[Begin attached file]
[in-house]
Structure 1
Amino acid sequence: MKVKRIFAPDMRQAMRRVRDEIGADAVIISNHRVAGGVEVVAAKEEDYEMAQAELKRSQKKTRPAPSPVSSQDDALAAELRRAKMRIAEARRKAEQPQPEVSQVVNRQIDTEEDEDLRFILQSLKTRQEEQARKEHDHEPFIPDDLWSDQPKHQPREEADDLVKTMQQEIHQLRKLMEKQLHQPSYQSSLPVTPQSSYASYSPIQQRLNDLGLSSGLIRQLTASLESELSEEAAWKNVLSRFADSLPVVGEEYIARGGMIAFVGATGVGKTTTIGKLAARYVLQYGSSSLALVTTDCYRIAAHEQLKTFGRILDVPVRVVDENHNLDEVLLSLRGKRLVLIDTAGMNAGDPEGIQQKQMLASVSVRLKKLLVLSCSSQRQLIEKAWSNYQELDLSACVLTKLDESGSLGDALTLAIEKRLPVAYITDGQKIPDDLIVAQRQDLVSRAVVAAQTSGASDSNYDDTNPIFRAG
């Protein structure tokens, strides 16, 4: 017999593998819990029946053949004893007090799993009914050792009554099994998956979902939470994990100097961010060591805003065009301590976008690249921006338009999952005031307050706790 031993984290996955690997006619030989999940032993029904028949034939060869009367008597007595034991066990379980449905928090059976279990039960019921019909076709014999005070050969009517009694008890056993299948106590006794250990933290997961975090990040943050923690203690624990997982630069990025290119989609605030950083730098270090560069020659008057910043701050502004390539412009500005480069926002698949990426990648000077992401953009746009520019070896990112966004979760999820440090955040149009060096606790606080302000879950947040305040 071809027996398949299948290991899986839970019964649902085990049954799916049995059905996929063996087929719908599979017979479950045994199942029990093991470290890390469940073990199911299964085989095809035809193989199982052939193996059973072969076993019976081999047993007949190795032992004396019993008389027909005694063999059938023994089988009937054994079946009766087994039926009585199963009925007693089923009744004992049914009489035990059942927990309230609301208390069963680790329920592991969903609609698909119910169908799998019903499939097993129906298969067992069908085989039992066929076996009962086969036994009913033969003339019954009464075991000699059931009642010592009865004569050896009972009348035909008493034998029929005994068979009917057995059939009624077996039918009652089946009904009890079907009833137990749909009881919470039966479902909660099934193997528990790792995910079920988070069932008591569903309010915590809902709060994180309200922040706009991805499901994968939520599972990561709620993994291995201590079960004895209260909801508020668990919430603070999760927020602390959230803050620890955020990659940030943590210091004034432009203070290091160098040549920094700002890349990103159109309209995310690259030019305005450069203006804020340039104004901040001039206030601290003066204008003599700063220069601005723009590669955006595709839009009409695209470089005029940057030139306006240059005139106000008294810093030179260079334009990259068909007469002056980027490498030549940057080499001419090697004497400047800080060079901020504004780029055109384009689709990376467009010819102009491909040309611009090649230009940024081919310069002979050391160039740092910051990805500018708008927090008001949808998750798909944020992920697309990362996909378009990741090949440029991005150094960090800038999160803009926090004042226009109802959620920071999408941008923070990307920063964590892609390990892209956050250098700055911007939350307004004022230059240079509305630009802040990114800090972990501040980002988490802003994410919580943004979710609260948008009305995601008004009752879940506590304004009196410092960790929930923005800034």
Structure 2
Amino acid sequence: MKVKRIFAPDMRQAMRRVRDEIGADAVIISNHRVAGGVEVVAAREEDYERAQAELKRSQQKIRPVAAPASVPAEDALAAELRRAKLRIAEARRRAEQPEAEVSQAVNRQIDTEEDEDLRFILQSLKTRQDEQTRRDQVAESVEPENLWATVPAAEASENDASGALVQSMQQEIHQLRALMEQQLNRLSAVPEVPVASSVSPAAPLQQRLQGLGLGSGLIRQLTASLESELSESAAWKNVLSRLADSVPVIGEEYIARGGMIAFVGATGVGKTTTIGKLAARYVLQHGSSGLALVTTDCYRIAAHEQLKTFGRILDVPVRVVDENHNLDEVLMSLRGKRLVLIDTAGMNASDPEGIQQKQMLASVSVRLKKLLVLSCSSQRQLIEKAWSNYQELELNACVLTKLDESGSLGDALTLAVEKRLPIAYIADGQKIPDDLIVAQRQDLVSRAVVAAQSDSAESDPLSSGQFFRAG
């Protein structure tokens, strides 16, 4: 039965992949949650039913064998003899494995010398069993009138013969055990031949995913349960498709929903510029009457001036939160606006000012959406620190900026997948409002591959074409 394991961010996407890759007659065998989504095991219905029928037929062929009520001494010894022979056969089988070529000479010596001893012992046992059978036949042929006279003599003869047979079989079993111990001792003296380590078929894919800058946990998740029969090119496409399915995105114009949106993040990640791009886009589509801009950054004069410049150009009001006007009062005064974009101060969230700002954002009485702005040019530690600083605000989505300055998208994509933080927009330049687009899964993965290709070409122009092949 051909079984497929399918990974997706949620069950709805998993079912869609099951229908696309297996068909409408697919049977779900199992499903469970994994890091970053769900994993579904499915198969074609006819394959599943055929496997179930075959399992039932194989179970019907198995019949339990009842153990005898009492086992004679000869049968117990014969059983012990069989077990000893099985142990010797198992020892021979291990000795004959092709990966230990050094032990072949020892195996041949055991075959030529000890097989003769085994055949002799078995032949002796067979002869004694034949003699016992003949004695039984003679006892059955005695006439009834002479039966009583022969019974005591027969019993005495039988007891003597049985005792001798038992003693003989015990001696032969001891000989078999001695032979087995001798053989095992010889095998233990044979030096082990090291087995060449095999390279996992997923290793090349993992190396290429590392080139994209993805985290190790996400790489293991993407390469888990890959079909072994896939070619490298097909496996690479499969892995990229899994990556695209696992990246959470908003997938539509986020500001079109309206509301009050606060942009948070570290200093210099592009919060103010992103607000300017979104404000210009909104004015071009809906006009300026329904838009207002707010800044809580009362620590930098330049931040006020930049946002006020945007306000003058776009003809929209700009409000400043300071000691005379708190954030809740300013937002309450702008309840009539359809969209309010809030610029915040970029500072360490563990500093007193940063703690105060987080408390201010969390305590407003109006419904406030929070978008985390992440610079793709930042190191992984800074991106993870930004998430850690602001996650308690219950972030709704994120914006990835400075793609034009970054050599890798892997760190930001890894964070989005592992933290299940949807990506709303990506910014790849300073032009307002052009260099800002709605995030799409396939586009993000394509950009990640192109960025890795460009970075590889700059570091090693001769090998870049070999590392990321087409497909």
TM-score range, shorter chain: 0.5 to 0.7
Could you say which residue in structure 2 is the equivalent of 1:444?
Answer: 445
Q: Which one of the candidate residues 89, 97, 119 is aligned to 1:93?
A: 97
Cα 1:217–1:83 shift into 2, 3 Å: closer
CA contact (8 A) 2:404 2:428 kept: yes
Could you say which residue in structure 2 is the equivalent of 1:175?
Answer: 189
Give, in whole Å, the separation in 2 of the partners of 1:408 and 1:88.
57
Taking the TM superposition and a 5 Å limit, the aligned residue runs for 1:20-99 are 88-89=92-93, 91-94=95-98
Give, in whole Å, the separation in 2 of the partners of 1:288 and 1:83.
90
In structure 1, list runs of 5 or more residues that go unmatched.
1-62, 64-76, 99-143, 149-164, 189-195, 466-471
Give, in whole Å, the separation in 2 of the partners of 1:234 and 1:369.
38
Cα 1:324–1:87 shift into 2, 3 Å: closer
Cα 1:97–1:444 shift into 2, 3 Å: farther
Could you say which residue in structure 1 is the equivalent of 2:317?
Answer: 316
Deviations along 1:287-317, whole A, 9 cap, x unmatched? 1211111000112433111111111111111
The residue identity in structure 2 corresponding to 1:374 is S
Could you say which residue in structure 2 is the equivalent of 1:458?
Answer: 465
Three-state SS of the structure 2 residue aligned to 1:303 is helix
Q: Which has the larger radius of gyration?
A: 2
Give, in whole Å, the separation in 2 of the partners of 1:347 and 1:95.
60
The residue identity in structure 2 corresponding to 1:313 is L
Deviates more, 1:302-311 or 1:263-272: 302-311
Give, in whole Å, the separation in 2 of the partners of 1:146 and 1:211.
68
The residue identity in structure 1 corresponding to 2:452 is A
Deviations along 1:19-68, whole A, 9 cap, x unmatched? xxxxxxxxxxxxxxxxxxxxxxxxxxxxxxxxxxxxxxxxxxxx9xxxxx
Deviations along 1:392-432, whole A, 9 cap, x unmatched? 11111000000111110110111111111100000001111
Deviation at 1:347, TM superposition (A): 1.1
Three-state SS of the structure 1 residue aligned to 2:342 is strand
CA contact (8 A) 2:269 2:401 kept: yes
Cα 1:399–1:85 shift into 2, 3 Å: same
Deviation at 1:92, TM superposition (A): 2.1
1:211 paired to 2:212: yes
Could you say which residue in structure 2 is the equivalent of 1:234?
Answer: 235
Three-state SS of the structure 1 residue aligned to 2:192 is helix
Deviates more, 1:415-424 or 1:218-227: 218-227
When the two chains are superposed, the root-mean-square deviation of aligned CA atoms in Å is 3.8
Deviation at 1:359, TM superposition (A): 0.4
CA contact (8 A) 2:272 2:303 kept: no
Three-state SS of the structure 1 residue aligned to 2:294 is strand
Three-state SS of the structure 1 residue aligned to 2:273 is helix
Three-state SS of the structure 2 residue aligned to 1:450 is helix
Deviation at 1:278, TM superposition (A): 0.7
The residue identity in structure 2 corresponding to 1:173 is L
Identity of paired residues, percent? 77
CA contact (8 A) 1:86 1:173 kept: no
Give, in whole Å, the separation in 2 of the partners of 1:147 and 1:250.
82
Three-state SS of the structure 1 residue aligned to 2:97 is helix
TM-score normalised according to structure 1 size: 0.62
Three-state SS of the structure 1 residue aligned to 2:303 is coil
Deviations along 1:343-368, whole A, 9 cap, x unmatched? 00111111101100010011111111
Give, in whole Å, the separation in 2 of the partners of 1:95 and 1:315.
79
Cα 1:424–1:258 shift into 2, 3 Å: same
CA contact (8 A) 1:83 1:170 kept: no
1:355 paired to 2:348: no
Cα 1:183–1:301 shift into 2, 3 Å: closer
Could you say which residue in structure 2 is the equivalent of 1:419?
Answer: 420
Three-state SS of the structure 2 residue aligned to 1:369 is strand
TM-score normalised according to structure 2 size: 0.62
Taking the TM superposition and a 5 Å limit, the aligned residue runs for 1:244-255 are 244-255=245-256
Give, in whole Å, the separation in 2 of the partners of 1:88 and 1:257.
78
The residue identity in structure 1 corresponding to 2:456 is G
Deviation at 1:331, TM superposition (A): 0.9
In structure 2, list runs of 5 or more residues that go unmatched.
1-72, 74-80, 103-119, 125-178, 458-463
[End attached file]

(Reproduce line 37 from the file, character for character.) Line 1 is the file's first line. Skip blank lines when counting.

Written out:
Give, in whole Å, the separation in 2 of the partners of 1:347 and 1:95.